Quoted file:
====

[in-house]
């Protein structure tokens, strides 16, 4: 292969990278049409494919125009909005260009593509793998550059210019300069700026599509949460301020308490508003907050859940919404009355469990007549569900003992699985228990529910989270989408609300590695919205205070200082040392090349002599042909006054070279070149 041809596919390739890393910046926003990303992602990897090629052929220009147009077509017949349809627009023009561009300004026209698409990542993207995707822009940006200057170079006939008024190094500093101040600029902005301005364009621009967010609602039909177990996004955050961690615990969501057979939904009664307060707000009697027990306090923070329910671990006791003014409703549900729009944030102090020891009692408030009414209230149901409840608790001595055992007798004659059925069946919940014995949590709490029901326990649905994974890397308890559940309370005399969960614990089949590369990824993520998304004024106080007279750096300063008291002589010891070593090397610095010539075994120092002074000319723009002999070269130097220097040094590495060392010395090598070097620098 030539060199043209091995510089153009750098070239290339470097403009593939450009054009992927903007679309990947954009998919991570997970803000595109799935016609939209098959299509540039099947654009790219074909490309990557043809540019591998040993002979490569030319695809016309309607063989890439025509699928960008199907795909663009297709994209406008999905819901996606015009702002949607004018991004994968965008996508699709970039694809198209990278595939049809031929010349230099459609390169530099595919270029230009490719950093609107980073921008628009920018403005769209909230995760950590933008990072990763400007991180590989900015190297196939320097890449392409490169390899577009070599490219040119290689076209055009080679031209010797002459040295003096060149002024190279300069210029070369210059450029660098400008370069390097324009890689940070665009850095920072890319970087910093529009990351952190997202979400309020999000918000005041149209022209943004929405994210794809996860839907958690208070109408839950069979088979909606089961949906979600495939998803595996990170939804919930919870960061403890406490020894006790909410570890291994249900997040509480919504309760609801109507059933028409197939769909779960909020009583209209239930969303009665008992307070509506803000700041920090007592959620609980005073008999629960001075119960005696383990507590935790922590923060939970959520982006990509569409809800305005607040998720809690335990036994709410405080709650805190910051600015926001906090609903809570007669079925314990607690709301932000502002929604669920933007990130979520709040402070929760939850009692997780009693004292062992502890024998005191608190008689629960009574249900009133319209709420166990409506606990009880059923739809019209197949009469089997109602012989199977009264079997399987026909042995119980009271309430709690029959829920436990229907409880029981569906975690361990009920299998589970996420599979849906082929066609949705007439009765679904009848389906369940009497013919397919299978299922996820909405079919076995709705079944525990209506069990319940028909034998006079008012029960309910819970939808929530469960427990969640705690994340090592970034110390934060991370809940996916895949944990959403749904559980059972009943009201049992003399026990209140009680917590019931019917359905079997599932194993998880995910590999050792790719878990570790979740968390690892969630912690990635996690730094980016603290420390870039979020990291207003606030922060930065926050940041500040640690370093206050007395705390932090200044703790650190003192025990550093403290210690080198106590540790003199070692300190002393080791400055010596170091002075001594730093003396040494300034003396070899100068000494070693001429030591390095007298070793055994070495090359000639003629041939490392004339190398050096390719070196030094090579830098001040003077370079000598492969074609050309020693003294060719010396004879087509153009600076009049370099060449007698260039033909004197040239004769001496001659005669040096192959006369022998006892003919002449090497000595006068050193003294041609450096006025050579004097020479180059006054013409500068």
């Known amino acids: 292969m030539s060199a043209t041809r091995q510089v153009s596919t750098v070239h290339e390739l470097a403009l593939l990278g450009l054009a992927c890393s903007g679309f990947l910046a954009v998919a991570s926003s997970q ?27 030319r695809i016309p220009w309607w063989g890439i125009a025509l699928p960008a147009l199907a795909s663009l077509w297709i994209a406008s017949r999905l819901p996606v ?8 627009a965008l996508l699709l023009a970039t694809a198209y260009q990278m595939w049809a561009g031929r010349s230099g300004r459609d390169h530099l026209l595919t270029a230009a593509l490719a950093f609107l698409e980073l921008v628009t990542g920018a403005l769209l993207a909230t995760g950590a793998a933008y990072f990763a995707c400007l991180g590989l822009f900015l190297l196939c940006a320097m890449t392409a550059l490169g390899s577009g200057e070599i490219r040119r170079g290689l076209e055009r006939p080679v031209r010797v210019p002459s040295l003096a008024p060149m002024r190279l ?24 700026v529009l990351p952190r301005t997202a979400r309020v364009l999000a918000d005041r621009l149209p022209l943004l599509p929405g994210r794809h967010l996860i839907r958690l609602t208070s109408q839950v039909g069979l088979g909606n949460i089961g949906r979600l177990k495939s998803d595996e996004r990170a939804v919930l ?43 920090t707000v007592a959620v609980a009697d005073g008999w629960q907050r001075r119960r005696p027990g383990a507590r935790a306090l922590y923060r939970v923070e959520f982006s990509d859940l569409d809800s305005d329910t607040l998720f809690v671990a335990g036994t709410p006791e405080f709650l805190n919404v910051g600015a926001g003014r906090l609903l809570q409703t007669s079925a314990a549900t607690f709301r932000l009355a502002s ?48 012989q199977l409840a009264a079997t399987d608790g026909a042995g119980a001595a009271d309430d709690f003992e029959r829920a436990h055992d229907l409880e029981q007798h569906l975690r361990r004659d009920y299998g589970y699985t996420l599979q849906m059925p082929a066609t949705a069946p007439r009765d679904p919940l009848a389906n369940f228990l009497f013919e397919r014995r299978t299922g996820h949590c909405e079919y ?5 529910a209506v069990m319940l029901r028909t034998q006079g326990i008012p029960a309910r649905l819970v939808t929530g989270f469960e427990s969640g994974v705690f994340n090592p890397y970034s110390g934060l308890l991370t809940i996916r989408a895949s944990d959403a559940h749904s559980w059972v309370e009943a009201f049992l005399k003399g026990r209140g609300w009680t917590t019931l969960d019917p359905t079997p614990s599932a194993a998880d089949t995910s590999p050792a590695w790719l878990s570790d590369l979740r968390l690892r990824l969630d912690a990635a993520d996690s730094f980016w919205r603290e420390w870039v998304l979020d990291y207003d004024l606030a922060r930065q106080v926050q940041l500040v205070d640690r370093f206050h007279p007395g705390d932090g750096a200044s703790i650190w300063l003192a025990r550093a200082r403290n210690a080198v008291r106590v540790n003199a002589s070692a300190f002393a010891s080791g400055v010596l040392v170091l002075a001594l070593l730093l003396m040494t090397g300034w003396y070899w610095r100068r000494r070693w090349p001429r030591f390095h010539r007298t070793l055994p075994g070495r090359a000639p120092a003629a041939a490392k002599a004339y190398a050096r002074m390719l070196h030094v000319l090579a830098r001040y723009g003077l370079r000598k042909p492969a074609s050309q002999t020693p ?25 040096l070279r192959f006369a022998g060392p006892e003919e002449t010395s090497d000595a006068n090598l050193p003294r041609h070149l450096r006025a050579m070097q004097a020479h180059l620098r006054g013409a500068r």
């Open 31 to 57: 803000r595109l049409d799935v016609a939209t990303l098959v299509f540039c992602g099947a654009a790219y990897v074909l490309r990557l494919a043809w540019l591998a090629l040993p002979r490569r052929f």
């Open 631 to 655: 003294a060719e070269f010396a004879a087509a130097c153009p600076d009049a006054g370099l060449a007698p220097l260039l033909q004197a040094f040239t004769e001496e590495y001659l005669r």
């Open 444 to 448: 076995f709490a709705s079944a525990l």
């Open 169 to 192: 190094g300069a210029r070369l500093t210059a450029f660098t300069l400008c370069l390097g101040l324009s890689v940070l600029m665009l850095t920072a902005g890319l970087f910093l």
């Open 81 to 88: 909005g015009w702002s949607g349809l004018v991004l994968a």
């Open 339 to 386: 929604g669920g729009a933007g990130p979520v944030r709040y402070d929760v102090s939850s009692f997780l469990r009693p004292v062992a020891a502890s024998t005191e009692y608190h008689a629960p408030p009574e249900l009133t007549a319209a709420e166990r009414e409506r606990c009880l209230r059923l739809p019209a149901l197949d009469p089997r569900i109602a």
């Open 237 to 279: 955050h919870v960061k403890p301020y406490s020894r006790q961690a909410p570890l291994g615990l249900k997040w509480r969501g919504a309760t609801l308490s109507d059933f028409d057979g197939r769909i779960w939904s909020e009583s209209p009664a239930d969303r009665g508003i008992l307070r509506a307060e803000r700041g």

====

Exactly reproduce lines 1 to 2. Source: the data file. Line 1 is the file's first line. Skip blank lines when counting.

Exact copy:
[in-house]
């Protein structure tokens, strides 16, 4: 292969990278049409494919125009909005260009593509793998550059210019300069700026599509949460301020308490508003907050859940919404009355469990007549569900003992699985228990529910989270989408609300590695919205205070200082040392090349002599042909006054070279070149 041809596919390739890393910046926003990303992602990897090629052929220009147009077509017949349809627009023009561009300004026209698409990542993207995707822009940006200057170079006939008024190094500093101040600029902005301005364009621009967010609602039909177990996004955050961690615990969501057979939904009664307060707000009697027990306090923070329910671990006791003014409703549900729009944030102090020891009692408030009414209230149901409840608790001595055992007798004659059925069946919940014995949590709490029901326990649905994974890397308890559940309370005399969960614990089949590369990824993520998304004024106080007279750096300063008291002589010891070593090397610095010539075994120092002074000319723009002999070269130097220097040094590495060392010395090598070097620098 030539060199043209091995510089153009750098070239290339470097403009593939450009054009992927903007679309990947954009998919991570997970803000595109799935016609939209098959299509540039099947654009790219074909490309990557043809540019591998040993002979490569030319695809016309309607063989890439025509699928960008199907795909663009297709994209406008999905819901996606015009702002949607004018991004994968965008996508699709970039694809198209990278595939049809031929010349230099459609390169530099595919270029230009490719950093609107980073921008628009920018403005769209909230995760950590933008990072990763400007991180590989900015190297196939320097890449392409490169390899577009070599490219040119290689076209055009080679031209010797002459040295003096060149002024190279300069210029070369210059450029660098400008370069390097324009890689940070665009850095920072890319970087910093529009990351952190997202979400309020999000918000005041149209022209943004929405994210794809996860839907958690208070109408839950069979088979909606089961949906979600495939998803595996990170939804919930919870960061403890406490020894006790909410570890291994249900997040509480919504309760609801109507059933028409197939769909779960909020009583209209239930969303009665008992307070509506803000700041920090007592959620609980005073008999629960001075119960005696383990507590935790922590923060939970959520982006990509569409809800305005607040998720809690335990036994709410405080709650805190910051600015926001906090609903809570007669079925314990607690709301932000502002929604669920933007990130979520709040402070929760939850009692997780009693004292062992502890024998005191608190008689629960009574249900009133319209709420166990409506606990009880059923739809019209197949009469089997109602012989199977009264079997399987026909042995119980009271309430709690029959829920436990229907409880029981569906975690361990009920299998589970996420599979849906082929066609949705007439009765679904009848389906369940009497013919397919299978299922996820909405079919076995709705079944525990209506069990319940028909034998006079008012029960309910819970939808929530469960427990969640705690994340090592970034110390934060991370809940996916895949944990959403749904559980059972009943009201049992003399026990209140009680917590019931019917359905079997599932194993998880995910590999050792790719878990570790979740968390690892969630912690990635996690730094980016603290420390870039979020990291207003606030922060930065926050940041500040640690370093206050007395705390932090200044703790650190003192025990550093403290210690080198106590540790003199070692300190002393080791400055010596170091002075001594730093003396040494300034003396070899100068000494070693001429030591390095007298070793055994070495090359000639003629041939490392004339190398050096390719070196030094090579830098001040003077370079000598492969074609050309020693003294060719010396004879087509153009600076009049370099060449007698260039033909004197040239004769001496001659005669040096192959006369022998006892003919002449090497000595006068050193003294041609450096006025050579004097020479180059006054013409500068």